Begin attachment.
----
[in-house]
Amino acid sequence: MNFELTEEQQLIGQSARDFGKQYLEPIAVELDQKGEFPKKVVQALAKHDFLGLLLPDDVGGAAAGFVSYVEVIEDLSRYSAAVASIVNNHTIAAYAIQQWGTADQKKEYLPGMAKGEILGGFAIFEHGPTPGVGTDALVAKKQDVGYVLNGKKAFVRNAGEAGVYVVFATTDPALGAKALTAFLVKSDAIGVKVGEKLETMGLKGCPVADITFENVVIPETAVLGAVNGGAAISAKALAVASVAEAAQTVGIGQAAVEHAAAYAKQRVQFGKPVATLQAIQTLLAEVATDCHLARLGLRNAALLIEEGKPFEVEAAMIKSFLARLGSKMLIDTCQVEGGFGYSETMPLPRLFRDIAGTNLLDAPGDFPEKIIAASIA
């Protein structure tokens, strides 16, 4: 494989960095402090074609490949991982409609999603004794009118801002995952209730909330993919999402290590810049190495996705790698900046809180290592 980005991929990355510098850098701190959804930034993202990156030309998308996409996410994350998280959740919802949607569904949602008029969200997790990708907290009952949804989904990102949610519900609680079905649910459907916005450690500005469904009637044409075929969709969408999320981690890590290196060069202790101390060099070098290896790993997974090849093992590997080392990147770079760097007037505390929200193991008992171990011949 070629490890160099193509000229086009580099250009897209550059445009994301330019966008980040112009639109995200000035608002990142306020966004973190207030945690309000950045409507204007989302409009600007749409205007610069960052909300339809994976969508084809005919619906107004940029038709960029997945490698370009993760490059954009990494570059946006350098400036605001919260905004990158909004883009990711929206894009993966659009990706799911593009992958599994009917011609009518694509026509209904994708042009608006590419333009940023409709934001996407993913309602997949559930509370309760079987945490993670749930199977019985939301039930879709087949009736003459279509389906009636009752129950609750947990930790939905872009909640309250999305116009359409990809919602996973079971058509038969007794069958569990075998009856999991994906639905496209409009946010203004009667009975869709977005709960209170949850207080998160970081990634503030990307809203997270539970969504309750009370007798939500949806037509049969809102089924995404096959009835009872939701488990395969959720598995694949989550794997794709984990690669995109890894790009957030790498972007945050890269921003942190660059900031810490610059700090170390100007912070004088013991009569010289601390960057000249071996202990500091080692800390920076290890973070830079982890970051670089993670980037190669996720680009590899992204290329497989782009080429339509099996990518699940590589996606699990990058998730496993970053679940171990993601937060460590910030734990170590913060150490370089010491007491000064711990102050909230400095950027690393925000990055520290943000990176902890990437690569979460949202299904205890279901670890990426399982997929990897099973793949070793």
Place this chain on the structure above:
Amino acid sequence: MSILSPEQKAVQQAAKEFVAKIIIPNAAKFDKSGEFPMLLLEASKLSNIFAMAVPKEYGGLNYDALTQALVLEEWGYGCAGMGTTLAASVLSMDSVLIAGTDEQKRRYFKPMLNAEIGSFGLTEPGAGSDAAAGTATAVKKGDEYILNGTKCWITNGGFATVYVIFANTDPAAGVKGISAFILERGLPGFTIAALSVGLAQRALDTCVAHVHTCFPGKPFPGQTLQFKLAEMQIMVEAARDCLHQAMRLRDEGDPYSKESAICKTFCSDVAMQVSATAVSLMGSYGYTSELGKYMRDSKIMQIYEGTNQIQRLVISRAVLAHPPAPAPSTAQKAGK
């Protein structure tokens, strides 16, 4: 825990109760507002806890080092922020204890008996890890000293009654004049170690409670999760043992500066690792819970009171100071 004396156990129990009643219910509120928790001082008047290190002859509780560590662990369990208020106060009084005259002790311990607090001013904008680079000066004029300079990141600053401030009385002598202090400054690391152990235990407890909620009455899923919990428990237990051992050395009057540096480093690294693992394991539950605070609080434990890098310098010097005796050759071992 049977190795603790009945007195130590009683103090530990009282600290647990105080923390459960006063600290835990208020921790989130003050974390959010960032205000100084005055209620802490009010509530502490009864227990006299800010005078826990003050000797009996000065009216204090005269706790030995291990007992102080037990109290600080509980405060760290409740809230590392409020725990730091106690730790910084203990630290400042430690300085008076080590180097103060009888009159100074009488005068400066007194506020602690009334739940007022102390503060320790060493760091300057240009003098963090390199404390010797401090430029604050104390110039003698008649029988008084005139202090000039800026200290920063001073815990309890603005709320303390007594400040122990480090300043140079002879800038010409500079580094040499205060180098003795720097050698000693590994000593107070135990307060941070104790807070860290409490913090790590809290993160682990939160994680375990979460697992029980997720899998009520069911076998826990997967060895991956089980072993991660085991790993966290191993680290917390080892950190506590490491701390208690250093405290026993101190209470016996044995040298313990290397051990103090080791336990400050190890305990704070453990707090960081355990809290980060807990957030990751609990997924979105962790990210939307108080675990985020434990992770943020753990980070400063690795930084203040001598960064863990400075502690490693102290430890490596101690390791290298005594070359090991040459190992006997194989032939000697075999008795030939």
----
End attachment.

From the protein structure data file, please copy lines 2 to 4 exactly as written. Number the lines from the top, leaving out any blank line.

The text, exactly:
Amino acid sequence: MNFELTEEQQLIGQSARDFGKQYLEPIAVELDQKGEFPKKVVQALAKHDFLGLLLPDDVGGAAAGFVSYVEVIEDLSRYSAAVASIVNNHTIAAYAIQQWGTADQKKEYLPGMAKGEILGGFAIFEHGPTPGVGTDALVAKKQDVGYVLNGKKAFVRNAGEAGVYVVFATTDPALGAKALTAFLVKSDAIGVKVGEKLETMGLKGCPVADITFENVVIPETAVLGAVNGGAAISAKALAVASVAEAAQTVGIGQAAVEHAAAYAKQRVQFGKPVATLQAIQTLLAEVATDCHLARLGLRNAALLIEEGKPFEVEAAMIKSFLARLGSKMLIDTCQVEGGFGYSETMPLPRLFRDIAGTNLLDAPGDFPEKIIAASIA
């Protein structure tokens, strides 16, 4: 494989960095402090074609490949991982409609999603004794009118801002995952209730909330993919999402290590810049190495996705790698900046809180290592 980005991929990355510098850098701190959804930034993202990156030309998308996409996410994350998280959740919802949607569904949602008029969200997790990708907290009952949804989904990102949610519900609680079905649910459907916005450690500005469904009637044409075929969709969408999320981690890590290196060069202790101390060099070098290896790993997974090849093992590997080392990147770079760097007037505390929200193991008992171990011949 070629490890160099193509000229086009580099250009897209550059445009994301330019966008980040112009639109995200000035608002990142306020966004973190207030945690309000950045409507204007989302409009600007749409205007610069960052909300339809994976969508084809005919619906107004940029038709960029997945490698370009993760490059954009990494570059946006350098400036605001919260905004990158909004883009990711929206894009993966659009990706799911593009992958599994009917011609009518694509026509209904994708042009608006590419333009940023409709934001996407993913309602997949559930509370309760079987945490993670749930199977019985939301039930879709087949009736003459279509389906009636009752129950609750947990930790939905872009909640309250999305116009359409990809919602996973079971058509038969007794069958569990075998009856999991994906639905496209409009946010203004009667009975869709977005709960209170949850207080998160970081990634503030990307809203997270539970969504309750009370007798939500949806037509049969809102089924995404096959009835009872939701488990395969959720598995694949989550794997794709984990690669995109890894790009957030790498972007945050890269921003942190660059900031810490610059700090170390100007912070004088013991009569010289601390960057000249071996202990500091080692800390920076290890973070830079982890970051670089993670980037190669996720680009590899992204290329497989782009080429339509099996990518699940590589996606699990990058998730496993970053679940171990993601937060460590910030734990170590913060150490370089010491007491000064711990102050909230400095950027690393925000990055520290943000990176902890990437690569979460949202299904205890279901670890990426399982997929990897099973793949070793």
Place this chain on the structure above: